Opening event in TORCH Headline Series exploring 'Humanities & Identities' Miles Hewstone (Professor in Social Psychology) speaks at the TORCH Annual Headline Series Launch Event 2017. Funded from the Vice-Chancellor’s Diversity Fund and the Andrew W. Mellon Foundation, TORCH’s Annual Headline Series for 2017 is Humanities & Identities. The series will focus on multiple research areas relating to diversity including race, gender, sexuality, disability, poverty, religion, class, and inequality. Introduced by the Vice-Chancellor Professor Louise Richardson, this opening event brought together a panel of experts from across the Humanities and the cultural and political sectors to discuss "What does diversity mean to me?". The panel examined how diversity and inclusivity has shaped, and will continue to shape, the human experience and identity.

Maria Misra - What Does Diversity Mean to Me?

Published by Anonymous (not verified) on Wed, 29/03/2017 - 1:41am in

Opening event in TORCH Headline Series exploring 'Humanities & Identities' Maria Misra (Associate Professor in Modern History) speaks at the TORCH Annual Headline Series Launch Event 2017. Funded from the Vice-Chancellor’s Diversity Fund and the Andrew W. Mellon Foundation, TORCH’s Annual Headline Series for 2017 is Humanities & Identities. The series will focus on multiple research areas relating to diversity including race, gender, sexuality, disability, poverty, religion, class, and inequality. Introduced by the Vice-Chancellor Professor Louise Richardson, this opening event brought together a panel of experts from across the Humanities and the cultural and political sectors to discuss "What does diversity mean to me?". The panel examined how diversity and inclusivity has shaped, and will continue to shape, the human experience and identity.

Marvin Rees - What Does Diversity Mean to Me?

Published by Anonymous (not verified) on Wed, 29/03/2017 - 1:38am in

Opening event in TORCH Headline Series exploring 'Humanities & Identities' Marvin Rees (Mayor of Bristol) speaks at the TORCH Annual Headline Series Launch Event 2017. Funded from the Vice-Chancellor’s Diversity Fund and the Andrew W. Mellon Foundation, TORCH’s Annual Headline Series for 2017 is Humanities & Identities. The series will focus on multiple research areas relating to diversity including race, gender, sexuality, disability, poverty, religion, class, and inequality. Introduced by the Vice-Chancellor Professor Louise Richardson, this opening event brought together a panel of experts from across the Humanities and the cultural and political sectors to discuss "What does diversity mean to me?". The panel examined how diversity and inclusivity has shaped, and will continue to shape, the human experience and identity.

Deborah Cameron - What Does Diversity Mean to Me?

Published by Anonymous (not verified) on Wed, 29/03/2017 - 1:36am in

Opening event in TORCH Headline Series exploring 'Humanities & Identities Deborah Cameron (Professor of Language and Communication) speaks at the TORCH Annual Headline Series Launch Event 2017. Funded from the Vice-Chancellor’s Diversity Fund and the Andrew W. Mellon Foundation, TORCH’s Annual Headline Series for 2017 is Humanities & Identities. The series will focus on multiple research areas relating to diversity including race, gender, sexuality, disability, poverty, religion, class, and inequality. Introduced by the Vice-Chancellor Professor Louise Richardson, this opening event brought together a panel of experts from across the Humanities and the cultural and political sectors to discuss "What does diversity mean to me?". The panel examined how diversity and inclusivity has shaped, and will continue to shape, the human experience and identity.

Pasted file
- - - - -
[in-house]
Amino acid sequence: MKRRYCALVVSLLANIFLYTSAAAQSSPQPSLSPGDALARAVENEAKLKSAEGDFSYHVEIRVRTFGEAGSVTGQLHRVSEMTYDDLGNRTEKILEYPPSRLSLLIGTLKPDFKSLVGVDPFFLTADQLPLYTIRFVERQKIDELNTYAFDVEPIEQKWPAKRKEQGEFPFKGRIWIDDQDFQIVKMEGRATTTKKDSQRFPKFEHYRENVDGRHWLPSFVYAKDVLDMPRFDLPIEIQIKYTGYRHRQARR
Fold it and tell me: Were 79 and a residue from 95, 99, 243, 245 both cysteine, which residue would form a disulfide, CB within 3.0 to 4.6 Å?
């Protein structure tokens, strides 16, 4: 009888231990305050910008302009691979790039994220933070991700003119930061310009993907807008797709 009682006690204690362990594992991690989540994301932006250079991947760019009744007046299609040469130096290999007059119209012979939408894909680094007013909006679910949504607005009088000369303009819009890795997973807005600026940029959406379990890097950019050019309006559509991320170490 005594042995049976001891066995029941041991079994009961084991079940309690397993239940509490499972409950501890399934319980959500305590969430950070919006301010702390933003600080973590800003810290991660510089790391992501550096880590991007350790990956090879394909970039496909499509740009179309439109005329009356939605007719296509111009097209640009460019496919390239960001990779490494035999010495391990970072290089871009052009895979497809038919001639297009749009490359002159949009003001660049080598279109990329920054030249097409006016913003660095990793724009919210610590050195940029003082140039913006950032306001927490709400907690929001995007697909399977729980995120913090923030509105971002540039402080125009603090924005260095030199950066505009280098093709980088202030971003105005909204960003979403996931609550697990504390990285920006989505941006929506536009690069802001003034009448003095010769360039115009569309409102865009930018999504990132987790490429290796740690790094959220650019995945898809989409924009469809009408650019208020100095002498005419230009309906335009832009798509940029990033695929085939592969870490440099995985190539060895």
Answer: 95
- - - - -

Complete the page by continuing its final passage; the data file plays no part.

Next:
Ellah Wakatama Allfrey - What Does Diversity Mean to Me?

Published by Anonymous (not verified) on Wed, 29/03/2017 - 1:32am in

Opening event in TORCH Headline Series exploring 'Humanities & Identities' Ellah Wakatama Allfrey (editor and literary critic) speaks at the TORCH Annual Headline Series Launch Event 2017. Funded from the Vice-Chancellor’s Diversity Fund and the Andrew W. Mellon Foundation, TORCH’s Annual Headline Series for 2017 is Humanities & Identities. The series will focus on multiple research areas relating to diversity including race, gender, sexuality, disability, poverty, religion, class, and inequality. Introduced by the Vice-Chancellor Professor Louise Richardson, this opening event brought together a panel of experts from across the Humanities and the cultural and political sectors to discuss "What does diversity mean to me?". The panel examined how diversity and inclusivity has shaped, and will continue to shape, the human experience and identity.

Jay Stewart - What Does Diversity Mean to Me?

Published by Anonymous (not verified) on Wed, 29/03/2017 - 1:26am in

Opening event in TORCH Headline Series exploring 'Humanities & Identities' Jay Stewart (co-founder of ‘Gendered Intelligence’) speaks at the TORCH Annual Headline Series Launch Event 2017. Funded from the Vice-Chancellor’s Diversity Fund and the Andrew W. Mellon Foundation, TORCH’s Annual Headline Series for 2017 is Humanities & Identities. The series will focus on multiple research areas relating to diversity including race, gender, sexuality, disability, poverty, religion, class, and inequality. Introduced by the Vice-Chancellor Professor Louise Richardson, this opening event brought together a panel of experts from across the Humanities and the cultural and political sectors to discuss "What does diversity mean to me?". The panel examined how diversity and inclusivity has shaped, and will continue to shape, the human experience and identity.